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Farmers Almanac
The 2014 Farmers Almanac
Farmers' Almanac

Watch Out for These Itchy Plants!

Watch Out for These Itchy Plants!

Poison Ivy
What Does it look Like?
Clusters of three smooth, shiny, almond-shaped leaflets. Leaves are generally anywhere from one to five inches long, but can grow to be up to 10 inches long. Usually red in spring, light green to dark green as summer progresses, and bright red or orange in the fall. May have grayish-white berries. Grows on vines with fine reddish root hairs along the stem.

Where Does It Grow?
Throughout most of North America, including most Canadian provinces and all U.S. states except Alaska, Hawaii and California. It thrives along the edges of wooded areas, which makes it especially prominent in suburban communities.

When Does it Grow?
Early spring through late autumn.

Atlantic Poison Oak
What Does it look Like?
This upright shrub grows to be about three feet tall. The leaf stems are about six inches long, with three usually hairy leaflets on each. The leaflets vary in shape and size, but often resemble small oak leaves. They are green during the spring and summer, and turn yellow or orange in autumn. May feature small, round yellow or green fruit.

Where Does It Grow?
Grows in the Southeastern United States, from the Atlantic coast westward to Texas and Oklahoma. Thrives in forests, thickets, and dry, sandy fields.

When Does it Grow?
Early spring through late autumn.

Western Poison Oak
What Does it look Like?
Can grow as either a low, dense shrub in sunlight or, in shaded woods, as a climbing vine. Like Atlantic poison oak, leaf stems are divided into three leaflets, each up to about four inches long, that often resemble glossy oak leaves. Leaves are bright green in the spring, turning yellow to red in the summer, and bright red in the fall. May include white flowers or greenish-white berries.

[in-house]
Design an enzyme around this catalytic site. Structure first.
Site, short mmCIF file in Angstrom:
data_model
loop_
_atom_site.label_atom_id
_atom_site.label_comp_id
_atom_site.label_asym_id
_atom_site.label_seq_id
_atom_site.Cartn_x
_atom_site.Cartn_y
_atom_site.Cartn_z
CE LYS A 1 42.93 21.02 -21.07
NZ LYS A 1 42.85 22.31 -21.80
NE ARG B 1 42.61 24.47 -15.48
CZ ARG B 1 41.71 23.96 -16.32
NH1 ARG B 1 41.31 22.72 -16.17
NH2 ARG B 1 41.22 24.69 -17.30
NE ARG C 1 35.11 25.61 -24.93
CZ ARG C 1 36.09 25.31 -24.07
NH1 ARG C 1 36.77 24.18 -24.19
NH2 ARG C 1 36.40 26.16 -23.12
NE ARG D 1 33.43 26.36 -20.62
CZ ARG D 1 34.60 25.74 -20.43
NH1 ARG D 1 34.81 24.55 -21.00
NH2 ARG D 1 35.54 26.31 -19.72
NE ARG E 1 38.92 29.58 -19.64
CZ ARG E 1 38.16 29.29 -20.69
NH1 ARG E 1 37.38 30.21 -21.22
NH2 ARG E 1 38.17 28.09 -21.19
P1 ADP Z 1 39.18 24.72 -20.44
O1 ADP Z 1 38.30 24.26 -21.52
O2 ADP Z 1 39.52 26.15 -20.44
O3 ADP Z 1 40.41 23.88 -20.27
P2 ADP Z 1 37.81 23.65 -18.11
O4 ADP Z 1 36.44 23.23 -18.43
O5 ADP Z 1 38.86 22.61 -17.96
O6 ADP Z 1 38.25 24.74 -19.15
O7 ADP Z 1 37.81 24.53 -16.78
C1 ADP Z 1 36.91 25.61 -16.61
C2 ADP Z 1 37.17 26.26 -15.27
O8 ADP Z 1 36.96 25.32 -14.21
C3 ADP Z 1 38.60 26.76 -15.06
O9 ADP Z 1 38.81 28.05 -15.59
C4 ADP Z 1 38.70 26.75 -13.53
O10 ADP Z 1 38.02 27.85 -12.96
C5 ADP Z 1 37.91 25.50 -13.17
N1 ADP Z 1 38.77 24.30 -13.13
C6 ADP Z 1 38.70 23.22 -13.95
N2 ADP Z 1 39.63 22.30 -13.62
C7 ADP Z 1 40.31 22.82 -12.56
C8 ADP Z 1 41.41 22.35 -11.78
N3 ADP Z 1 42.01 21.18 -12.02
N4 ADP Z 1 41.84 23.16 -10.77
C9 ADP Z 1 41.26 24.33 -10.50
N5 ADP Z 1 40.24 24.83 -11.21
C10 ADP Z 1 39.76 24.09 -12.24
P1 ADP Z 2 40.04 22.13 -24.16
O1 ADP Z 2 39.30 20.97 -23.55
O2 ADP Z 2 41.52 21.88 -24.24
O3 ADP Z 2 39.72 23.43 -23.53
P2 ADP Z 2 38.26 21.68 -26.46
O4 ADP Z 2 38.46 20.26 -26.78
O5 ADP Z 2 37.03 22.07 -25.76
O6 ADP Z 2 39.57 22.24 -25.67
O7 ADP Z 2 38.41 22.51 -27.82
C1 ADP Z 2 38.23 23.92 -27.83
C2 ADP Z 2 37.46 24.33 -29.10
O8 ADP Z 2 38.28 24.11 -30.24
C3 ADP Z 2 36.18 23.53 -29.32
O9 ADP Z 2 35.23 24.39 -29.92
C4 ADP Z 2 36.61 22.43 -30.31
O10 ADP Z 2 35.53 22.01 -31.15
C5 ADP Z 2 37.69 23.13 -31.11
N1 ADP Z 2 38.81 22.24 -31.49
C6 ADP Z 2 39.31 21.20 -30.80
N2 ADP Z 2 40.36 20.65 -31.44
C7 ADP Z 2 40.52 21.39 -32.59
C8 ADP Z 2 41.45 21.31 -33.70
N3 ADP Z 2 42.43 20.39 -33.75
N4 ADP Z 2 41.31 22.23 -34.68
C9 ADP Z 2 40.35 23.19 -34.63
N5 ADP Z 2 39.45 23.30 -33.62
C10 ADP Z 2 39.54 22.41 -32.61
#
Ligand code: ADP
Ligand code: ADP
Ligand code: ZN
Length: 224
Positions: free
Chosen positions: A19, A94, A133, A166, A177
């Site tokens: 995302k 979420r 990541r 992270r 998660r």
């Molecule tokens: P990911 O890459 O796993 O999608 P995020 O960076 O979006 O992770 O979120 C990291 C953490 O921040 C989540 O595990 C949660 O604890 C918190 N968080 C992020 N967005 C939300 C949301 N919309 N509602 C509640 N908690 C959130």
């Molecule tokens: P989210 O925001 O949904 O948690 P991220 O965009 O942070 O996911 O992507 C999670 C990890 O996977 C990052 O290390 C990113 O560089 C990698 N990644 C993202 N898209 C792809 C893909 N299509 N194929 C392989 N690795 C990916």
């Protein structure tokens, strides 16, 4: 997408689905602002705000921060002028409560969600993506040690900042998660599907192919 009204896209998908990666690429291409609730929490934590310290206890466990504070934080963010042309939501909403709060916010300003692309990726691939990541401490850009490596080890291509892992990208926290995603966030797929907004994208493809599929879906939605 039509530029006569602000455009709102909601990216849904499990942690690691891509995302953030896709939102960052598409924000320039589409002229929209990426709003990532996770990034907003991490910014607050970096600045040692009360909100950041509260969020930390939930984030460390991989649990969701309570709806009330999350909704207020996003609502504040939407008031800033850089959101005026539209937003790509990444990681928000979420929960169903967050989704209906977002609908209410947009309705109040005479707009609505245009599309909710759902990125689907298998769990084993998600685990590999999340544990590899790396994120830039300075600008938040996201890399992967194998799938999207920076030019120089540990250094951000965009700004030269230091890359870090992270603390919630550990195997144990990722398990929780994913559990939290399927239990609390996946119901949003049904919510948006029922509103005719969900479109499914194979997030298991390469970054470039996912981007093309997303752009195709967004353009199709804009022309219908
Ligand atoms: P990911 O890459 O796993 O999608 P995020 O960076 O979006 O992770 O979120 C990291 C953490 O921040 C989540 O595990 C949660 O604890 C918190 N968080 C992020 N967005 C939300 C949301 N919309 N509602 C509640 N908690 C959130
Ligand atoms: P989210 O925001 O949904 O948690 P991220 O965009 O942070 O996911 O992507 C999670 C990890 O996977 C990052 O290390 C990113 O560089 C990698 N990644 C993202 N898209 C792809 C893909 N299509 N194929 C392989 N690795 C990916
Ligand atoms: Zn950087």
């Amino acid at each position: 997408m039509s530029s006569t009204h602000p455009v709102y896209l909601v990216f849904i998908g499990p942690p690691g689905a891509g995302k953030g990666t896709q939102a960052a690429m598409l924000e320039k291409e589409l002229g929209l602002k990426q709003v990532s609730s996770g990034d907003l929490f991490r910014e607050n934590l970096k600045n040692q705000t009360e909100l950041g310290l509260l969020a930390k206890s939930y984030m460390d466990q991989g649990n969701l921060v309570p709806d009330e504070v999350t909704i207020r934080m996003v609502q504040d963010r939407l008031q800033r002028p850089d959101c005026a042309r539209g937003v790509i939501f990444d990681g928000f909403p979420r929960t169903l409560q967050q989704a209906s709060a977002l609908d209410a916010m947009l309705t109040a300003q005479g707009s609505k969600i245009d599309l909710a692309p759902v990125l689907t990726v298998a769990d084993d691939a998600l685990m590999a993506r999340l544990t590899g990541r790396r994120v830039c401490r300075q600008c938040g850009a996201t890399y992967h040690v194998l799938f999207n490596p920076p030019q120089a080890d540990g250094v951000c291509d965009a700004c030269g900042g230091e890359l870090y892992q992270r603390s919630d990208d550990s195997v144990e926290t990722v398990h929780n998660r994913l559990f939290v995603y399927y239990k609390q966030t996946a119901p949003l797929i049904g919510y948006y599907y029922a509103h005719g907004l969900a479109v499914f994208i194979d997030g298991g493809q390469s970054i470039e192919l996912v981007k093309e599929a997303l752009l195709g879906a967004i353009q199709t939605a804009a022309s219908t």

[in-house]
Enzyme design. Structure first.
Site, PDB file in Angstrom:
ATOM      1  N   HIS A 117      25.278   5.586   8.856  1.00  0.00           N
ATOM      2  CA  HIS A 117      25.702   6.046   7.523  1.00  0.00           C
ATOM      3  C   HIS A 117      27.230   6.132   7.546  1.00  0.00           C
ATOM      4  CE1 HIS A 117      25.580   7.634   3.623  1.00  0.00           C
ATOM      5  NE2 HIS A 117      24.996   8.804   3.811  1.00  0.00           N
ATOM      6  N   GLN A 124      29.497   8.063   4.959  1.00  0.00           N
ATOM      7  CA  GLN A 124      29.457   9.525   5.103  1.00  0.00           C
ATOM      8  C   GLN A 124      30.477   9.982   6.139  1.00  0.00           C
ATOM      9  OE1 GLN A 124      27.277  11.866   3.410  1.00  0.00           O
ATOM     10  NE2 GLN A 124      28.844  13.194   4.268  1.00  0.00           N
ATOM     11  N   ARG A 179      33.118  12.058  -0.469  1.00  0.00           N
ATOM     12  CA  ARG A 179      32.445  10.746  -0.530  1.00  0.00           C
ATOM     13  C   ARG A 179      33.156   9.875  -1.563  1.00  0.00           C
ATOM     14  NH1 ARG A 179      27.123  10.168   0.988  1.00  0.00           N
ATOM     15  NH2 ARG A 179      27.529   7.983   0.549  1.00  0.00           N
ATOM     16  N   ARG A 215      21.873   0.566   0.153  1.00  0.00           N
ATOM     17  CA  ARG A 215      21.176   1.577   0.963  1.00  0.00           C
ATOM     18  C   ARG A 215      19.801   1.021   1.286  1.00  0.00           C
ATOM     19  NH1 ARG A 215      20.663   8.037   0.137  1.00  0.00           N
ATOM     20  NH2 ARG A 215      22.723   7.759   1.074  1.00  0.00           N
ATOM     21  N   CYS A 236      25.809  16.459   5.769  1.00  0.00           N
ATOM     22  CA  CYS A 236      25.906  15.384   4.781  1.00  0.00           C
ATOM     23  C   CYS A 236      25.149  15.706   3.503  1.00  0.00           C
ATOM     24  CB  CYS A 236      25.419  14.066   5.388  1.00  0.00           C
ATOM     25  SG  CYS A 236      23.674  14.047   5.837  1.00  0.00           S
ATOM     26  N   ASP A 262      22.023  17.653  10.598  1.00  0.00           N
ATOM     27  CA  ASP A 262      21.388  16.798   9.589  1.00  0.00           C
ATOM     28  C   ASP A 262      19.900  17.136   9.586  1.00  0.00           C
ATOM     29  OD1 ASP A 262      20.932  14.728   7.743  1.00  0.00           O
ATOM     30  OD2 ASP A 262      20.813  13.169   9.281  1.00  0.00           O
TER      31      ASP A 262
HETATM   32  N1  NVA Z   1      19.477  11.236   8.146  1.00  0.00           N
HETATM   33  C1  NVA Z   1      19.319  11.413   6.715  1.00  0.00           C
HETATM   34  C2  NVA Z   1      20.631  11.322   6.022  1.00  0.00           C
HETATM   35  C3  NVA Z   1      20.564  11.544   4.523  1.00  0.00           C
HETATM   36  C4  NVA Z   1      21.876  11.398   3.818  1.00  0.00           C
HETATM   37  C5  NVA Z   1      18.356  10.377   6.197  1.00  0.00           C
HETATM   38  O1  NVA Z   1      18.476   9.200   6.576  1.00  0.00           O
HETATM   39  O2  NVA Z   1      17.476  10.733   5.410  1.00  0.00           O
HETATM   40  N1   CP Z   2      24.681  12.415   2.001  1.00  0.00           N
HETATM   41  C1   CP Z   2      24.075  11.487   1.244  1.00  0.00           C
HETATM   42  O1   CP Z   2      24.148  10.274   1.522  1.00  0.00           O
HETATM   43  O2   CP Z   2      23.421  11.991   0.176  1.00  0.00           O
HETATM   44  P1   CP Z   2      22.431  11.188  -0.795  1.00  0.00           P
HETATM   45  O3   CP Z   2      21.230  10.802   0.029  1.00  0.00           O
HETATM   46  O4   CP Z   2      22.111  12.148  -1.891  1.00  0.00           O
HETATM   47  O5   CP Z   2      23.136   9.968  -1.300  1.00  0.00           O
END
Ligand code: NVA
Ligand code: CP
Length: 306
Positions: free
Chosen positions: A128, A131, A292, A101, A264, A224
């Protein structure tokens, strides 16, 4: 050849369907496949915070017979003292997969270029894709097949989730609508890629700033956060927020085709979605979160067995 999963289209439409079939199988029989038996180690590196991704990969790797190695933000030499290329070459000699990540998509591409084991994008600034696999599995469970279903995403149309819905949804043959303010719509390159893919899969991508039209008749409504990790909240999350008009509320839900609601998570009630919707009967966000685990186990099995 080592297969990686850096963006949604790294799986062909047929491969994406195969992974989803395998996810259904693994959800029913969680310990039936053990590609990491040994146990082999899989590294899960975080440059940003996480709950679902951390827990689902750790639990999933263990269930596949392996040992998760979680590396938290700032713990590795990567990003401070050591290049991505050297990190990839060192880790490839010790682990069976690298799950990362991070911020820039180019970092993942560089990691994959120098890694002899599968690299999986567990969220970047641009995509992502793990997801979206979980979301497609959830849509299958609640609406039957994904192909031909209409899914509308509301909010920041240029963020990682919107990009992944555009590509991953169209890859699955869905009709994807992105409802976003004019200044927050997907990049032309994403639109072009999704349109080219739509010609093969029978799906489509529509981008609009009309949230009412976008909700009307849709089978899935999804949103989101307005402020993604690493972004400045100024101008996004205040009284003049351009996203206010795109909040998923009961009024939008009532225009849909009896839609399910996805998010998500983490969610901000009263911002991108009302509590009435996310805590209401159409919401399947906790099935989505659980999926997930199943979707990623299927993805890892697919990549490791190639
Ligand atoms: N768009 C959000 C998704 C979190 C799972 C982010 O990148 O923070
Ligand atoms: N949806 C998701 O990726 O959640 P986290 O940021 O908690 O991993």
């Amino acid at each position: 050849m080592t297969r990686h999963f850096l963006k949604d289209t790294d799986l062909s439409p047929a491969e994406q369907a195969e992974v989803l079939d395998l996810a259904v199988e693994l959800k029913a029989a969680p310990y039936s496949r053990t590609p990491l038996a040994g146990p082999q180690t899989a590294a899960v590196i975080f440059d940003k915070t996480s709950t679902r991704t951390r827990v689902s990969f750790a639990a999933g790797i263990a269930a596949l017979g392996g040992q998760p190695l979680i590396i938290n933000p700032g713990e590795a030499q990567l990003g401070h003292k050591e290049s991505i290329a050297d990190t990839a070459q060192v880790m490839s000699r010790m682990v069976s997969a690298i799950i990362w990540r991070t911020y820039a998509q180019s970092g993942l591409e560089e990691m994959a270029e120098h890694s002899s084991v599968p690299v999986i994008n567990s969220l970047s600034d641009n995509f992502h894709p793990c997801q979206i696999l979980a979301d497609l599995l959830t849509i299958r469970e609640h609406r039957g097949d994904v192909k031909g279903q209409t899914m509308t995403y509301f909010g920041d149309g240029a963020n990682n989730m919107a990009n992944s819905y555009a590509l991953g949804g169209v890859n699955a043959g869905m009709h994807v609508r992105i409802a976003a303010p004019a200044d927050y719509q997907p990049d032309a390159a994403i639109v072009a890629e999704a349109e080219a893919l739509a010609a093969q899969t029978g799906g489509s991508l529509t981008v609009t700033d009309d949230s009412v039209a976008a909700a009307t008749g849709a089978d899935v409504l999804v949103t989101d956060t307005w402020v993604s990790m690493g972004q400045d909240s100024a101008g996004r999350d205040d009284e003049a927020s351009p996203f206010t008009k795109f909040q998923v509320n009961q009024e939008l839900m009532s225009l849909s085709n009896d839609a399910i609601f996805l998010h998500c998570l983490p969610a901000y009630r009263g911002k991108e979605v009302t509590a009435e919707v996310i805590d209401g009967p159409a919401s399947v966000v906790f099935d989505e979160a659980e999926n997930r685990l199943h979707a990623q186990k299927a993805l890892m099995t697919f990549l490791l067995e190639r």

Where Does It Grow?
Found only along the Pacific coast, from southern Canada to the Mexican Baja peninsula. The shrub form thrives in grasslands or at the edges of forests, while the vine form grows in thick woods, usually climbing the trunks of large trees.

When Does it Grow?
Early spring through late autumn.

Poison Sumac
What Does it look Like?
Poison sumac — which is the most potent itch-causing plant in North America – is a large shrub or small tree, which can grow to be up to 20 feet tall. Leaf stems include anywhere from seven to13 oblong or oval leaflets, each about two to four inches long. It may include greenish flowers or tiny gray fruit.

Where Does It Grow?
Poison sumac grows only in very wet soil, especially in swamps or peat bogs, throughout the eastern United States and Canada.

When Does it Grow?
Early spring through late autumn.

Stinging Nettles
What Does it look Like?
Stinging nettles are a light green plant that usually grows to around three feet tall during the summer, but can reach heights of up to seven feet. Features soft serrated green leaves up to six inches long on a hairy green stem. Many of the “hairs” are actually rigid needles that inject irritants into the skin when touched. May include brownish or greenish flowers.

Where Does It Grow?
Common in every state and province in the United States and Canada, except Hawaii. Also grows in northern Mexico.

When Does it Grow?
Early summer through early winter.

If you notice a hole in the upper left-hand corner of your Farmers' Almanac, don't return it to the store! That hole isn't a defect; it's a part of history. Starting with the first edition of the Farmers' Almanac in 1818, readers used to nail holes into the corners to hang it up in their homes, barns, and outhouses (to provide both reading material and toilet paper). In 1910, the Almanac's publishers began pre-drilling holes in the corners to make it even easier for readers to keep all of that invaluable information (and paper) handy.